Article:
Bad Russian translations: Did these people WANT to get fired? (PHOTOS)

ColinUdoh/Twitter, Tatyana Troyanskaya/Facebook
How much is a “soul” worth, and why is taking a stroll suddenly so “sad”? These hilariously bad translations will have you questioning these people’s sanity

1. The Russian word - transcribed in Russian as sad, actually translates as “garden”. What we have instead is a confession that the person whose name the garden is supposed to carry is, for some inexplicable reason, just sad.

2. Look, we know that our version of Nadezhda is the English name Hope (it’s the actual translation). But what was the person thinking actually translating the name into another language?

3. The geniuses in charge of street signs at the 2014 Sochi Olympics decide to translate them for some reason (yeah, because that makes asking a local for directions so much easier, duh!). We especially like the translation of the word “expanses” into Dali. Salvador would’ve been touched.

4. Who taught this person that transliterating everything into another alphabet somehow makes things better? How are you supposed to understand “Car dealer in Sochi, spare parts and insurance” from that phrase?

5. Same thing with this genius. Was looking up “train station” too difficult?

6. We have cases in the Russian language: a “dush” is shower, a “dusha” is soul. We ask again: what stopped the person translating the sign just looking up the correct word to begin with? This could only have been self-inflicted - no other possible way to explain this…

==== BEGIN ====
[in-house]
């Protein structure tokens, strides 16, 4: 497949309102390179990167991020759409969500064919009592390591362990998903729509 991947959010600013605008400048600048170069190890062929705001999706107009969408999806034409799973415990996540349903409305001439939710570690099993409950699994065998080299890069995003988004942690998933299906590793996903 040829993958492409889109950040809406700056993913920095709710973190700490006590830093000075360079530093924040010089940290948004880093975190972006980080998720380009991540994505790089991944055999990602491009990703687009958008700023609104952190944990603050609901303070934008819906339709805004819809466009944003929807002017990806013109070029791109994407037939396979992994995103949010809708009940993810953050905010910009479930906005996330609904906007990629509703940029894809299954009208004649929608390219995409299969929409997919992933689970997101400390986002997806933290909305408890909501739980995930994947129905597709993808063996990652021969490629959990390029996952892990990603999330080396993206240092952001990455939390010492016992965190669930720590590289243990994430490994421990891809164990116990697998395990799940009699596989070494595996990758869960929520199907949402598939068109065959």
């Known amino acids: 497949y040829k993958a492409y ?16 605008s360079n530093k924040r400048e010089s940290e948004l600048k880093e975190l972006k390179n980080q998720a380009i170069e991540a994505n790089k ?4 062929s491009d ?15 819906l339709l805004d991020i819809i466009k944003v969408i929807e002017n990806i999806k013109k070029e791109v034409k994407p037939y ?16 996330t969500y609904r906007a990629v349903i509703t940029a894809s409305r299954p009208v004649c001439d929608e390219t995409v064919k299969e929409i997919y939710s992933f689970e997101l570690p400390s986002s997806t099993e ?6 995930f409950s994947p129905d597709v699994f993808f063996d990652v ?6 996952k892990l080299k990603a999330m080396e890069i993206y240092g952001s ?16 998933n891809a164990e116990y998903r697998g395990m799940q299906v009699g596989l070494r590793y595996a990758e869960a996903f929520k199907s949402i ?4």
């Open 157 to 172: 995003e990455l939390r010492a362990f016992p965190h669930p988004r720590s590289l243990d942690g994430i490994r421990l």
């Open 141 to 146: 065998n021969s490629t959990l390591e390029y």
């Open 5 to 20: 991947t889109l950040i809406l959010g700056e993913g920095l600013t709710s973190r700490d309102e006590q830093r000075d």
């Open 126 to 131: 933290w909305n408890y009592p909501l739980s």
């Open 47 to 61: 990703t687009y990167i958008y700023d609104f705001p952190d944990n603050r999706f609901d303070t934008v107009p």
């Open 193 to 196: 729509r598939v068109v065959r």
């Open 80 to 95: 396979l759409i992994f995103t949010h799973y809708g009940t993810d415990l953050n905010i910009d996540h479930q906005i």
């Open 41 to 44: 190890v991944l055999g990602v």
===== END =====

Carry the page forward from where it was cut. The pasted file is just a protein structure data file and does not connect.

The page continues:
7. “Language” or “tongue” - who cares? Same thing! To be fair, the Russians only use the word for tongue to mean both things, so the confusion is understandable…

8. And again, we encounter what appears to be self-inflicted humor. The only other explanation is that this “Russian” doesn’t know that dictionaries only use standard forms - you can’t just look up a word in its alternate case: that’s how you end up with “protein” instead of “for squirrels”!

9. On this week's episode of ‘Russians with Dictionaries’, we have “Please clean the room” and “Please do not disturb” being transformed into the next best thing.

10. In the Russian language, the word for “imagine” also means “to introduce” - and sometimes “to show” or “to showcase”. The ensuing screw-up happening is really not difficult to..erm...imagine.

11. Russians looking up words in the wrong case - again. Since “dough” and “father-in-law” are so close in our language, the sausage somehow ends up being inserted into the latter of the two. What - NOBODY thought that was weird?!

12. This one really takes the cake: how do you start off by looking up the word for “left”...and end up looking up “right” instead? How?

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